However, until that time, authorities applying the law may not, by means of an interpretation, modify the provisions of the Constitution which regulate the systemic position of the President of the Republic, as this would constitute a glaring infringement of the principle of the tri-division of powers.
The fact that amnesty granted in individual cases falls within the constitutional scope of the power of pardon follows not only from the linguistic, historical and comparative interpretations, but also from Article 139, second sentence, of the Constitution. The said provision of the Constitution only rules out the possibility of exercising the power of pardon in the case of individuals convicted by the Tribunal of State. The provision establishes an exception to the general rule, and hence the applicable principle here is ‘exceptiones non sunt extendendae’, in accordance with which exceptions should not be interpreted in a broadening way. What would be an example of a broadening interpretation is the exclusion of amnesty granted in individual cases.
The presidential prerogatives fall within the realm of imperium and are personal in character. It should be assumed that the Constitution reserves the power of pardon for the President of the Republic, to be exercised autonomously, without any necessity for action (or collaboration) from another authority representing the executive or the judiciary.
The President of the Republic is “the supreme representative of the Republic of Poland” (Art. 126(1) of the Constitution), and the said President’s systemic role is of significance for the assessment of the legal character and importance of the exercise of the power of pardon. Therefore, until the legislator takes legislative action in this respect, it is possible neither to modify that competence vested in the President of the Republic nor to introduce a mechanism for verifying the power in a legal act that is lower in hierarchy than the Constitution or in the jurisprudence of courts and tribunals.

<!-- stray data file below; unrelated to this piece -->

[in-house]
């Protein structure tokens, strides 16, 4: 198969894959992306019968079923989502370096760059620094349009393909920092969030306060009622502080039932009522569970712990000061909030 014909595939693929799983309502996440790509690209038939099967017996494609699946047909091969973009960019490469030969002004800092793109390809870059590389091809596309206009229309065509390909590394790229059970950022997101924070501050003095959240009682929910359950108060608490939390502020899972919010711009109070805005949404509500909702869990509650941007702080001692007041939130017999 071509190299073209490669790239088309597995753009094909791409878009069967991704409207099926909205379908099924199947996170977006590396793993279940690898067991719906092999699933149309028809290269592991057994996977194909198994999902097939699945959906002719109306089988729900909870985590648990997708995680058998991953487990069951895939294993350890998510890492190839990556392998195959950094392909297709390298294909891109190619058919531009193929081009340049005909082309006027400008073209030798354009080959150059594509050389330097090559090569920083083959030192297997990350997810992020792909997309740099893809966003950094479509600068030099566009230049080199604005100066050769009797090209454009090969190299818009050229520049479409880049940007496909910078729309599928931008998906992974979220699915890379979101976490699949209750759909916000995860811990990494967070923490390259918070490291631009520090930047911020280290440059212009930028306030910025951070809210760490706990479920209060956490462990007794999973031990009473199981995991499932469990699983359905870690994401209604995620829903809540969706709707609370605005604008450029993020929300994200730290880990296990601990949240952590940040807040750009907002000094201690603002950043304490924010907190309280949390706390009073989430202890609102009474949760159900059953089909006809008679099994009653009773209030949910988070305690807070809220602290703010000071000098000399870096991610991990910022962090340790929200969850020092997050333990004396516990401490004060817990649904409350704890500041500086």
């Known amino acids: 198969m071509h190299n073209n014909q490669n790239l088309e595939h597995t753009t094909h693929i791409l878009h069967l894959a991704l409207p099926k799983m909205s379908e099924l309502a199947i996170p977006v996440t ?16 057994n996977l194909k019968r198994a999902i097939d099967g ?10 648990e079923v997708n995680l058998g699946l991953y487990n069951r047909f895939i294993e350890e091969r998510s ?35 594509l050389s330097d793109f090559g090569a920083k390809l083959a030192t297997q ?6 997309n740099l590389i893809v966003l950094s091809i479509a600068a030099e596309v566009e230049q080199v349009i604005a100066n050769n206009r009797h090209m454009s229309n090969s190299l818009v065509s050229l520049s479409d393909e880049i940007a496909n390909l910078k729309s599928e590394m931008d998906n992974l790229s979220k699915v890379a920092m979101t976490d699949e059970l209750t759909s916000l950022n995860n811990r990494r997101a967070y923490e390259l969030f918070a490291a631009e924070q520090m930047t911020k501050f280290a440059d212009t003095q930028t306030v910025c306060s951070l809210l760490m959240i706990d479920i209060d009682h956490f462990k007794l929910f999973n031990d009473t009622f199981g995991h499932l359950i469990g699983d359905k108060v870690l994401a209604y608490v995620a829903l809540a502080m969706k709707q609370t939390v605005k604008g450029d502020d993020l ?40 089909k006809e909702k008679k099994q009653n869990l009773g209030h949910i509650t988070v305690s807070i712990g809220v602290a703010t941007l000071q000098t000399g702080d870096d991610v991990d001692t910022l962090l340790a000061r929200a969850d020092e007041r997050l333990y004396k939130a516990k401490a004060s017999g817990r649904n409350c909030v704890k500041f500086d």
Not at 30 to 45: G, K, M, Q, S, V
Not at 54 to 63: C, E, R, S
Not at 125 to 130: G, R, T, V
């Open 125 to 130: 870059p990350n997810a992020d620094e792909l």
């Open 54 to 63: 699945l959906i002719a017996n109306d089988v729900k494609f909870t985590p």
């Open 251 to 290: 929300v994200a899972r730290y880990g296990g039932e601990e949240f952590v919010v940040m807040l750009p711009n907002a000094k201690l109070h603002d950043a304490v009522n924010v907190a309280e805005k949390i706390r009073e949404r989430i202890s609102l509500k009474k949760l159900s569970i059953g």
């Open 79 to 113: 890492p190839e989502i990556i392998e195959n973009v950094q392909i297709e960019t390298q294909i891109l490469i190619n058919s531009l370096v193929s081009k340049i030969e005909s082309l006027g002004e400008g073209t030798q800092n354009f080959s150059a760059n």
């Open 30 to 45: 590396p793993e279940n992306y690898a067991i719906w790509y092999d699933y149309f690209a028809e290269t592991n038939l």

The arbitrariness of a decision taken by the President of the Republic within that scope may constitute an argument for restricting the aforementioned prerogative in a future constitution. At the moment any restriction of the application of the power of pardon to some of its elements would lead to the infringement of the constitutional provisions concerning the President’s prerogative, and thus it would infringe the constitutional principle of the separation of and balance between powers.
In the Tribunal’s opinion, the provisions regulating the systemic position of the President of the Republic may not be deemed unconstitutional. The representatives of the legal doctrine who criticise the recourse to the power of pardon with regard to a person who has not been convicted by a legally effective judgment, in fact, imply the unconstitutionality of Article 139 and Article 144(3)(18) of the Constitution.
The above approach is inadmissible, since one may not declare the non-conformity of the provisions of the Constitution to the Constitution. Therefore, it may not be asserted that the exercise of the aforementioned presidential prerogative infringes the principle of the separation of powers or the right to a fair trial or the principle of the presumption of innocence.
The Constitutional Tribunal stressed that it understood the reservations raised by some citizens as to the limits of the power of pardon having been set excessively broadly. However, the Tribunal pointed out that they may possibly be taken into account by the drafters of a new constitution.
The Tribunal disagreed with the argument that amnesty granted in individual cases infringes the principle of the separation of powers as well as the right to a fair trial. Indeed, it is not the task of President of the Republic to administer justice; the head of state does not determine the truth, guilt, or punishment. Thus, the exercise of the power of pardon does not constitute interference in the scope of the competence of the judiciary.
The Presiding Judge of the adjudicating bench was Judge Zbigniew Jędrzejewski, and the Judge Rapporteur was Judge Grzegorz Jędrejek.